However, if there is simultaneously a force applied to the lower cable 36, the associated force will tend to displace the lower cable sheath 44, and the adjusting nut 78 thereof contacts the lower spring arm 84 and releases it from the lower rod 56. The slider block 58 thereafter moves in the proximal direction (i.e., to the left in the drawing). At such time as the force in the lower cable 36 disappears, the lower spring arm 84 locks onto the lower rod 56 and prevents further motion of the slider block 58. This movement of the slider block 58 relieves collective tension in the cables 34 and 36, and after the locking of the slider block 58, steering in the up direction is resumed.
With the endoscope viewing head 26 deflected upwards, steering in the downward direction is effected by displacing the cable 34 distally and pulling the cable 36 proximally. Here, steering from the point of maximal upward deflection first reduces the force in the upper cable 34 and its cable sheath 42 to zero. At that point, with tension in both cables at zero, the slider block 58 can move in the distal direction (to the right in the drawing) because of the springs 80 and because of any tension forces on the sheath, as these act through the proximal adjusting nuts 76 and tend to pull the slider block 58 distally. This movement unlocks the spring arms 62 and takes up cable slack. Later, when steering forces appear on the lower steering cable 36 and the lower cable sheath 44, the distal motion of the slider block 58 ceases, the upper spring arm 82 locks onto the upper rod 54 if no forces exist on the upper cable and upper sheath 42, and downward steering continues. Any simultaneous force in the upper cable 34 and sheath 42 again releases the slider block 58 to permit it to move in the proximal direction.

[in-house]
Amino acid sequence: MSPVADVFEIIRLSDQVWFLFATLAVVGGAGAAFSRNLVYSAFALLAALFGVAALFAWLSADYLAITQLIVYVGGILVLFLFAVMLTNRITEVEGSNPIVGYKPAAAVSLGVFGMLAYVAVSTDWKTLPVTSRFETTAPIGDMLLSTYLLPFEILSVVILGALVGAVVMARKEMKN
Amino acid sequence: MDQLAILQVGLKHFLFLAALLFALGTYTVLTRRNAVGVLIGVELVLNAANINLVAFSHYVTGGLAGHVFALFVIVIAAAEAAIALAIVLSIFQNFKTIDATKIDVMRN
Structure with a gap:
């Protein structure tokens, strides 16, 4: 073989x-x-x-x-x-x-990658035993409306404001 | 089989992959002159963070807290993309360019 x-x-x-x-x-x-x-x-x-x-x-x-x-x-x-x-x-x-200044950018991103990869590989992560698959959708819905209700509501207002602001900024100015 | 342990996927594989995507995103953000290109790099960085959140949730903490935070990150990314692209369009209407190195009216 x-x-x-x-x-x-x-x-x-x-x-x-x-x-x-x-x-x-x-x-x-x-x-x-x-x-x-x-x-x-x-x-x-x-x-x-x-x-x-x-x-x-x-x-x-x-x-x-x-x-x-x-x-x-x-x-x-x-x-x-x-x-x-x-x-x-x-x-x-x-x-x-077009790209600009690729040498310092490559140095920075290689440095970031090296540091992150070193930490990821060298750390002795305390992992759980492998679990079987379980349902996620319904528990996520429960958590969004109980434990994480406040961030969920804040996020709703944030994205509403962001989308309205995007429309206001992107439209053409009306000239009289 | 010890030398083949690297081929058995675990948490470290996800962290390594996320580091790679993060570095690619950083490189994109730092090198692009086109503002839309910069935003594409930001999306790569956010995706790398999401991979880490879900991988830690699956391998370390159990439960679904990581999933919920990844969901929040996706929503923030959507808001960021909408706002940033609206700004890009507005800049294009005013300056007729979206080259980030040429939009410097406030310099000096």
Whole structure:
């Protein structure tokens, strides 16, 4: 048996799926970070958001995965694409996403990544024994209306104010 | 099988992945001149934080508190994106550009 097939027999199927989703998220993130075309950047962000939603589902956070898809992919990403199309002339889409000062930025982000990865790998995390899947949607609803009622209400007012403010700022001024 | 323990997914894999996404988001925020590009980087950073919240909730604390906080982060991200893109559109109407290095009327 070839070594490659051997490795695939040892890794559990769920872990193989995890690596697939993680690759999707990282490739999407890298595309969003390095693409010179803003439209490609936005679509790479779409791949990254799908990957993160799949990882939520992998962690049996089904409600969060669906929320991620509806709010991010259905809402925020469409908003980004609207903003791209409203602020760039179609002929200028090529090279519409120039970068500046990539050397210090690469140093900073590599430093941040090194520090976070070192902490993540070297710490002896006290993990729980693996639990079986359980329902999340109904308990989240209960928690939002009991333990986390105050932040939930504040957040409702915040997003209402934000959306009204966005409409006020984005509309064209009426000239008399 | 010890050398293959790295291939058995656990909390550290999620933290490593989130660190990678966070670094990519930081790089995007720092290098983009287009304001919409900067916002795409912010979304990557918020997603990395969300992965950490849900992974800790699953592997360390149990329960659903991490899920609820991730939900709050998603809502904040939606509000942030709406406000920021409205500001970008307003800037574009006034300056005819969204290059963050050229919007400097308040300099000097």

As is evident from the above explanation, the self-adjusting mechanism 50 is symmetrical in operation, and its action for downward steering is the same as for upward steering.
A self-adjusting mechanism 150 according to a second embodiment of this invention is shown in FIG. 4. In this embodiment, parts that correspond to elements of the first embodiment are identified with the same reference numbers. In this embodiment the self-adjusting mechanism 150 comprises a frame 152 mounted within the control unit 18, and has a longitudinal frame slide 154. A slider 158 of generally cylindrical construction slides on the frame slide 154 and has openings 160 on lateral surfaces thereof. A generally L-shaped upper arm 162 is pivoted at the lower opening 160 and extends across the frame slide 154, through the upper opening 160, and then axially in the distal direction. A lower L-shaped arm 163 similarly extends out the lower opening 160 and thence axially in the distal direction. The pivot ends of these arms 162 and 163 are mounted on pivot pins 164 and each pivot end has a cam 166 that is angled slightly to the back or proximal direction. Each L-shaped arm 162, 163 has an outward protuberance 168 at its free end, on which the respective cable sheath 42 or 44 can be mounted, and each protuberance 168 has a bore 170 therethrough which allows free passage of the respective steering cable 34 or 36. A bias spring 180 biases the free ends of the arms 162 and 163 towards each other, while a coil compression reset spring 182 acts between the proximal end of the slider 158 and a flange 184 on the frame 152.